Good news, highbrow literary/cinema aficionados! Vulture is happy to report that billionairess Megan Ellison, the 25-year-old daughter of Oracle boss Larry Ellison, appears to be coming to the rescue of two high-profile Paul Thomas Anderson movies: a foundering untitled Scientology drama (which may or may not end up being called The Master), and Anderson’s adaptation of Thomas Pynchon’s 2009 stoner detective novel, Inherent Vice.
Last December, this blog was the first to report that Anderson had written a treatment of Pynchon’s seventh novel, and was considering doing a screenplay. Now insiders confirm to Vulture that Anderson has, in fact, obtained the blessing of Pynchon and — in frequent consultation with the eremite novelist himself — has not only written a first draft, but is more than halfway done with a second. (For those unfamiliar, it tells the story of Larry "Doc" Sportello, a pothead private detective hired by a former girlfriend to investigate the disappearance of her wealthy lover in 1969 Los Angeles.) Robert Downey, Jr. is said to be interested in the lead role, and insiders point out that his recent detachment from Sam Raimi's Oz, the Great and Powerful, set up at Disney, leaves an opening in his schedule in the fourth quarter of this year.
What’s more, we’re told that Ellison is also in negotiations to co-finance Anderson's untitled religious drama (popularly known around the Internet as The Master), based on an original script about a disaffected disciple’s relationship with the founder of a new spiritual movement called the Cause — a not-so-thinly-veiled stand-in for Scientology — that examines the human need to believe in a Creator.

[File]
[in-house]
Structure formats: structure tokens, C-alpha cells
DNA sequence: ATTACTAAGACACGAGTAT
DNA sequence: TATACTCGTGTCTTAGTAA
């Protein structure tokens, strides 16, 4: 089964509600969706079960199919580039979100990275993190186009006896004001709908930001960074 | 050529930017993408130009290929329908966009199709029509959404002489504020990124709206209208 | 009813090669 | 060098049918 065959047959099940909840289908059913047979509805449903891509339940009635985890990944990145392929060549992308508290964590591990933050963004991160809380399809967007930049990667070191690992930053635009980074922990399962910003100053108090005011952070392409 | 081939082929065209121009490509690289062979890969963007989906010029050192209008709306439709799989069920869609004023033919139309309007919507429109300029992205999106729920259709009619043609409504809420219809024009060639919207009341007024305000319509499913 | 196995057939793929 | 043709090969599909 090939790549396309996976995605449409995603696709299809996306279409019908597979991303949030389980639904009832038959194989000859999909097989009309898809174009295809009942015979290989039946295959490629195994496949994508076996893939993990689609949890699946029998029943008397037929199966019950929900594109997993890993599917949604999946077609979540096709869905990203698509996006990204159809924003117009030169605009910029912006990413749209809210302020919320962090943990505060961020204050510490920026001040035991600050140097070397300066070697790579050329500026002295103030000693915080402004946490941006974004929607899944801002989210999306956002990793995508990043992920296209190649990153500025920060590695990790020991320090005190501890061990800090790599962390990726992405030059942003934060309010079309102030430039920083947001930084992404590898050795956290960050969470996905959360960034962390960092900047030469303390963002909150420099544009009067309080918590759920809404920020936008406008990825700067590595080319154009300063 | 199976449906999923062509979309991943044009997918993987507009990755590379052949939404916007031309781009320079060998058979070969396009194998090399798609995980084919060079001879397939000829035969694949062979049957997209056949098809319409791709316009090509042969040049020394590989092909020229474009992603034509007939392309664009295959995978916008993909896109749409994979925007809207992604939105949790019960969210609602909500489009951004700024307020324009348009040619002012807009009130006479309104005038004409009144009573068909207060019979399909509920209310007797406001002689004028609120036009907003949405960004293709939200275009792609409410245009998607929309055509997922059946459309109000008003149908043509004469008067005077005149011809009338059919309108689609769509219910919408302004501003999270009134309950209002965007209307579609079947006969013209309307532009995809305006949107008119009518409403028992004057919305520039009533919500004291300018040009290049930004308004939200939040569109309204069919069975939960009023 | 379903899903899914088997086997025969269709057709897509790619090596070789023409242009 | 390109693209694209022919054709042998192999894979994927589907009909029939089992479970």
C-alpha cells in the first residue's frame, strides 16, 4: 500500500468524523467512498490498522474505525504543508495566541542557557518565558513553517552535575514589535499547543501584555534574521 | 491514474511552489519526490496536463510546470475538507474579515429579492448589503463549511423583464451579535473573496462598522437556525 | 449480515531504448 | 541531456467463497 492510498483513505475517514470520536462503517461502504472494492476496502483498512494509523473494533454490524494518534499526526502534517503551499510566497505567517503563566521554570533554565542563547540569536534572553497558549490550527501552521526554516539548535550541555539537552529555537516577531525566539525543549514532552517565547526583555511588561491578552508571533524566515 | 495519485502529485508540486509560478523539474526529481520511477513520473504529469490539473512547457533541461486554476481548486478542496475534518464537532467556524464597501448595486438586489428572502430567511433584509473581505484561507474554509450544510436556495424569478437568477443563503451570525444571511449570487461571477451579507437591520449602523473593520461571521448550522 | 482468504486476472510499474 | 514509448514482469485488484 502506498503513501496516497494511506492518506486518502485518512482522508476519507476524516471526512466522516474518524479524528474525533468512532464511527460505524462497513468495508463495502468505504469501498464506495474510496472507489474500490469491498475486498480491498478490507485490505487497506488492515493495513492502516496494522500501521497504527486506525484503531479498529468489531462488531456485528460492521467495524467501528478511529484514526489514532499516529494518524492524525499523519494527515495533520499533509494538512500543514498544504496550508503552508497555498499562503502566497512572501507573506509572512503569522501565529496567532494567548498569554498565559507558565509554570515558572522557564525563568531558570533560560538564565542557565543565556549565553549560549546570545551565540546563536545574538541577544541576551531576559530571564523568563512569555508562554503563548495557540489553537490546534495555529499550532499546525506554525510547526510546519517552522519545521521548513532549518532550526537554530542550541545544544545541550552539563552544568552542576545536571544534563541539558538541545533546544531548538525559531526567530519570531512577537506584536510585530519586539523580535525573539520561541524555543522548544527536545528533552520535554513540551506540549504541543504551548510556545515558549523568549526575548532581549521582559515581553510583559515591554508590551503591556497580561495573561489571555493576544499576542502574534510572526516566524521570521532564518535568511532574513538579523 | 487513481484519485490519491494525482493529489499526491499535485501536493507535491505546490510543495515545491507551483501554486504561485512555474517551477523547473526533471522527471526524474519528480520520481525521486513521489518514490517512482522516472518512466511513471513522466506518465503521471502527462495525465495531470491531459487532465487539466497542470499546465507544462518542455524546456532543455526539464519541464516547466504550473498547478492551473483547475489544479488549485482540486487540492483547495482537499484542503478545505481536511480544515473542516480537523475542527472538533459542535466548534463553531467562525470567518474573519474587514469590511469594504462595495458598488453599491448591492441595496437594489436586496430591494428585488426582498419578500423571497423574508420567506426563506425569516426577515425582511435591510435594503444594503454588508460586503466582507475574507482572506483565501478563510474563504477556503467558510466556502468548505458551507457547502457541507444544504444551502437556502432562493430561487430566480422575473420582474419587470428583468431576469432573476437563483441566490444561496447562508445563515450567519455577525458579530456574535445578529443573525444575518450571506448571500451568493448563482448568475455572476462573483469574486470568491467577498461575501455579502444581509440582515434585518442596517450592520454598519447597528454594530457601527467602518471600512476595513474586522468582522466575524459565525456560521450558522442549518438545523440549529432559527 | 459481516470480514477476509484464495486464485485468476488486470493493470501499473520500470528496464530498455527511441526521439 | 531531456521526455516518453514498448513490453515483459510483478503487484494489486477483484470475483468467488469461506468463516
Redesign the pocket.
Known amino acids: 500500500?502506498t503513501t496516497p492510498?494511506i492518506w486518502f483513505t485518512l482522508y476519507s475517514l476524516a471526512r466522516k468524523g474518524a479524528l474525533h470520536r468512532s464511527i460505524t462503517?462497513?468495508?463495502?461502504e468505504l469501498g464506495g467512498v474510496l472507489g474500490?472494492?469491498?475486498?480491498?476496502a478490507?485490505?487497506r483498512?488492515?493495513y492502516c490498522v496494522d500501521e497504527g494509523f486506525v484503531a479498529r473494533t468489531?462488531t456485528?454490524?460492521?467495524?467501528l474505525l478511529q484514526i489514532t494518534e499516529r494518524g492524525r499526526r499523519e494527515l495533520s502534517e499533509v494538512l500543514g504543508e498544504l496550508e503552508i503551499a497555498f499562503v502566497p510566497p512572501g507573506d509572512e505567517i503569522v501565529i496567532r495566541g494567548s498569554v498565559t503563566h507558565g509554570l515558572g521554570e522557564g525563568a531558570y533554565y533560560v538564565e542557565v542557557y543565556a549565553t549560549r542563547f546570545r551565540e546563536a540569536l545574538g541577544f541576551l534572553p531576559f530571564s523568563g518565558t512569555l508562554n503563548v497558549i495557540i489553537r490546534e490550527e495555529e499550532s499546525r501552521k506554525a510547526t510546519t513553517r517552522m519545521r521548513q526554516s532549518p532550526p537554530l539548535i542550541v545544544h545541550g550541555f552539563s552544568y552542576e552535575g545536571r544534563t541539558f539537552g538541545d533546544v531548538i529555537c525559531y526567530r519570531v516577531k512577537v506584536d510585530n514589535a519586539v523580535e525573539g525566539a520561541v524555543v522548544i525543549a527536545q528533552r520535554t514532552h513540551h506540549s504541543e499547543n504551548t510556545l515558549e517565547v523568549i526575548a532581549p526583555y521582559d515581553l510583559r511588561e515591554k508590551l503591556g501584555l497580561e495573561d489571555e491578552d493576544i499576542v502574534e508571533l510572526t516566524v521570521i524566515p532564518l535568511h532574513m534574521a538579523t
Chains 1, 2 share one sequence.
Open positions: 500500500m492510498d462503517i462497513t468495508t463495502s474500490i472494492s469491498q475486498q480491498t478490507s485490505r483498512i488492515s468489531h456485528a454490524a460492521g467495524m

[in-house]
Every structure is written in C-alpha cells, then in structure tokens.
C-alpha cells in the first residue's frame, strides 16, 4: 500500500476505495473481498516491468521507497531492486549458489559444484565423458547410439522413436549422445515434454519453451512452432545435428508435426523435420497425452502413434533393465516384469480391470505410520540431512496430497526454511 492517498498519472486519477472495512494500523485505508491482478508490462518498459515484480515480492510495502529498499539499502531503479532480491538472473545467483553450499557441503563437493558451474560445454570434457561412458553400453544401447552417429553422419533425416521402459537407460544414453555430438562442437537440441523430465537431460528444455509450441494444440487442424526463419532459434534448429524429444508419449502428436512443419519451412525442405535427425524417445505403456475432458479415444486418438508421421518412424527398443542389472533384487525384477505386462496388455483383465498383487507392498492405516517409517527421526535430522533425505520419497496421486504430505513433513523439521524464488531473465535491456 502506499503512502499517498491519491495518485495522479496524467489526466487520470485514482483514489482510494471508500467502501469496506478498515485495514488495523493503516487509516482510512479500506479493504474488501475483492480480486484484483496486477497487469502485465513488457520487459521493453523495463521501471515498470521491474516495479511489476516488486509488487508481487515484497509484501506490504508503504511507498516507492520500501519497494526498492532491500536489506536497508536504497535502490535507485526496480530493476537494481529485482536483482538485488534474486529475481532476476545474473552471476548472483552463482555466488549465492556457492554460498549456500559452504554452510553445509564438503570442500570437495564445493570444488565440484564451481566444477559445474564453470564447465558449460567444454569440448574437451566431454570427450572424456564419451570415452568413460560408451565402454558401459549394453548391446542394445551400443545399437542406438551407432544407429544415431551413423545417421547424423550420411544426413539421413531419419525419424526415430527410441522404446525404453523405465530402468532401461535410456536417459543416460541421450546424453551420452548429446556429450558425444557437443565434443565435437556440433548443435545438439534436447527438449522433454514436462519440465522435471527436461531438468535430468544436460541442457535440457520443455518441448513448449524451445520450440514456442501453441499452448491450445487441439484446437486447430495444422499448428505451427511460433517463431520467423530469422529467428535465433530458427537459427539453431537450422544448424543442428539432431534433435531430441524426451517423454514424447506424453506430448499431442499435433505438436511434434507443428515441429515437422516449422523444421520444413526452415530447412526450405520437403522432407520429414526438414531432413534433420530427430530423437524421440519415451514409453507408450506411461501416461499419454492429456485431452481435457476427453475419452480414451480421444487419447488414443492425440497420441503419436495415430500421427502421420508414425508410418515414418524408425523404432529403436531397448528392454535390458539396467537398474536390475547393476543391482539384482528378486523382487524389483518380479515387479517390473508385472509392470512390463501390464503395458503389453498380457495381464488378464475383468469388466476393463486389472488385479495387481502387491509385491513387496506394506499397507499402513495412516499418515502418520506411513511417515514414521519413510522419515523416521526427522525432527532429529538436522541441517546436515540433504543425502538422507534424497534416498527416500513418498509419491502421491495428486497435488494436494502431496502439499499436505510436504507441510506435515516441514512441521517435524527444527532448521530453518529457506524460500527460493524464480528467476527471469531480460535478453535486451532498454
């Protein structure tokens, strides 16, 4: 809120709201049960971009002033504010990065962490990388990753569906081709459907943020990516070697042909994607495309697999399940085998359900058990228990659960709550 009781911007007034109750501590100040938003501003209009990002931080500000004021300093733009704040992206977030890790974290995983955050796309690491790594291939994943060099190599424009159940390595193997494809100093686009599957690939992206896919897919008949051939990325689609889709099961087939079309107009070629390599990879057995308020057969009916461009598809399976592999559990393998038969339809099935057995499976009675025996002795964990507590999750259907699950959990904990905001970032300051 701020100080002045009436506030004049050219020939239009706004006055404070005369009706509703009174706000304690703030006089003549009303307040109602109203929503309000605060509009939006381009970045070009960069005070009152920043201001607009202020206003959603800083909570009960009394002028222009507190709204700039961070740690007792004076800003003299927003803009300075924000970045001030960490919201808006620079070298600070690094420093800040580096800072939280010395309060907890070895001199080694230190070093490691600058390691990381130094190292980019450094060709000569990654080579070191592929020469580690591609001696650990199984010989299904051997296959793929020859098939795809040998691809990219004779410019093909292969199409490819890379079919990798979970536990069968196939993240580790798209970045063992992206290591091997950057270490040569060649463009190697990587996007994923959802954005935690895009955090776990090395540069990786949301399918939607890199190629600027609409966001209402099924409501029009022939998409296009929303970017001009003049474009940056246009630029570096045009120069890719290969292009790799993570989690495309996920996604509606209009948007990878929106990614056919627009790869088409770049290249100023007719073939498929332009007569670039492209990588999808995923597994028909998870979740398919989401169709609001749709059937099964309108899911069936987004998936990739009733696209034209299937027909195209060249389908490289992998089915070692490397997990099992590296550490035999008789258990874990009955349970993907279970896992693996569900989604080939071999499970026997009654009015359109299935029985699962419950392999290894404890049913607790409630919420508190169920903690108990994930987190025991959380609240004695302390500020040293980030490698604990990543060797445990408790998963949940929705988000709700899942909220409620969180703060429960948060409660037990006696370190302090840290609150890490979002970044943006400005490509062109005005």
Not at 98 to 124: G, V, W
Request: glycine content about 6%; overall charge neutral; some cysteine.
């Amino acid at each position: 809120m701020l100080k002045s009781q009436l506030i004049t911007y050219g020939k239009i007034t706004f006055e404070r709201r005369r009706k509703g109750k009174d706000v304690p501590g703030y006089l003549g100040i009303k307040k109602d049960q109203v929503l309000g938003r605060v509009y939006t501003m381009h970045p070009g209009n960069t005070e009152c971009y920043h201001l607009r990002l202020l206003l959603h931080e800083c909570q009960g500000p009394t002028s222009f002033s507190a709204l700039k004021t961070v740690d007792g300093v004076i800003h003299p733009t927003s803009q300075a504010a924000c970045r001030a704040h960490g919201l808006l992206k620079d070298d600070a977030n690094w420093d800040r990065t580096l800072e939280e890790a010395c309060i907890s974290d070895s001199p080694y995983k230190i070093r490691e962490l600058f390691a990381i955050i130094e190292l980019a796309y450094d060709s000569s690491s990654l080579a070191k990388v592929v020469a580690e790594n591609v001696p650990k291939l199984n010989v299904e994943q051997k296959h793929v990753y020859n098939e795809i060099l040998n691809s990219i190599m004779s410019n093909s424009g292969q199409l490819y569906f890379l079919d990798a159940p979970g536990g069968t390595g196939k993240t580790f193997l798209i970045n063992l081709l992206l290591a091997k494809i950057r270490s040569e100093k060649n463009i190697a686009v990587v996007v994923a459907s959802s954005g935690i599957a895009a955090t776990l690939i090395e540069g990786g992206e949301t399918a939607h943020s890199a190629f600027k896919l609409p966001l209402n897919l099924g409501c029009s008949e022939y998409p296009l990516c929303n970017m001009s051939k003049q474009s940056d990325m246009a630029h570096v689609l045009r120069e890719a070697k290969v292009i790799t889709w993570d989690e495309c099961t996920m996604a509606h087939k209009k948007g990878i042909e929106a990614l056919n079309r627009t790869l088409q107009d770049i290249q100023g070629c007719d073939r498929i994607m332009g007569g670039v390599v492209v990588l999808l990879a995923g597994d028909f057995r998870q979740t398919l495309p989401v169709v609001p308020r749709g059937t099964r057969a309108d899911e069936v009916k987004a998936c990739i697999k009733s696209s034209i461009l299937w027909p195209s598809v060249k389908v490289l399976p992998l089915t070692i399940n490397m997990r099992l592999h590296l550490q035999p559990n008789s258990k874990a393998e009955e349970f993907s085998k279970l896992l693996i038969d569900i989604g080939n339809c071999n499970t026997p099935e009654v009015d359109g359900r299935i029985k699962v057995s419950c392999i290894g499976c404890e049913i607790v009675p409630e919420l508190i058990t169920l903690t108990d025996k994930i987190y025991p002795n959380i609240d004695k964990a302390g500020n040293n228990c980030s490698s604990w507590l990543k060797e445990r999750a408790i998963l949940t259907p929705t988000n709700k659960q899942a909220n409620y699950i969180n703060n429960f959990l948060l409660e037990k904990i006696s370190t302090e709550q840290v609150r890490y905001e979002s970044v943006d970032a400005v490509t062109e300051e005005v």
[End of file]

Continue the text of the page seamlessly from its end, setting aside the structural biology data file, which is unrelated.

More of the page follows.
Anderson had been forced to shelve Master last September after Universal Pictures balked at its $35 million price tag; as a consequence of the delay, the film lost Jeremy Renner, who’d been attached to play the part of Freddie Sutton, an alcoholic acolyte of the Cause's founder who was to be played by Phillip Seymour Hoffman. Insiders say Renner, who’s buried in offers since his Oscar-nominated turn in Ben Affleck’s The Town, is no longer attached, but we’re told Hoffman is still keenly interested in doing the picture. It’s unclear which project Anderson would shoot first, but we’re heartened that either might be made this year.
Ellison, meanwhile, has clearly evolved considerably in recent years. While it’s true that she projected the image of a carefree party girl a few years ago, serious producers and top-level agents around town now say they take her very seriously, no doubt in part because she co-financed the Oscar-nominated, $150 million—grossing Coen brothers remake of True Grit with her brother David, but also because she seems to have great taste and an open-checkbook to pay for it: She's also co-financing The Wettest County in the World, an adaptation of Matt Bondurant's novel about a family of Depression-era bootleggers, with director John Hillcoat (The Road) directing Tom Hardy and Shia LaBeouf.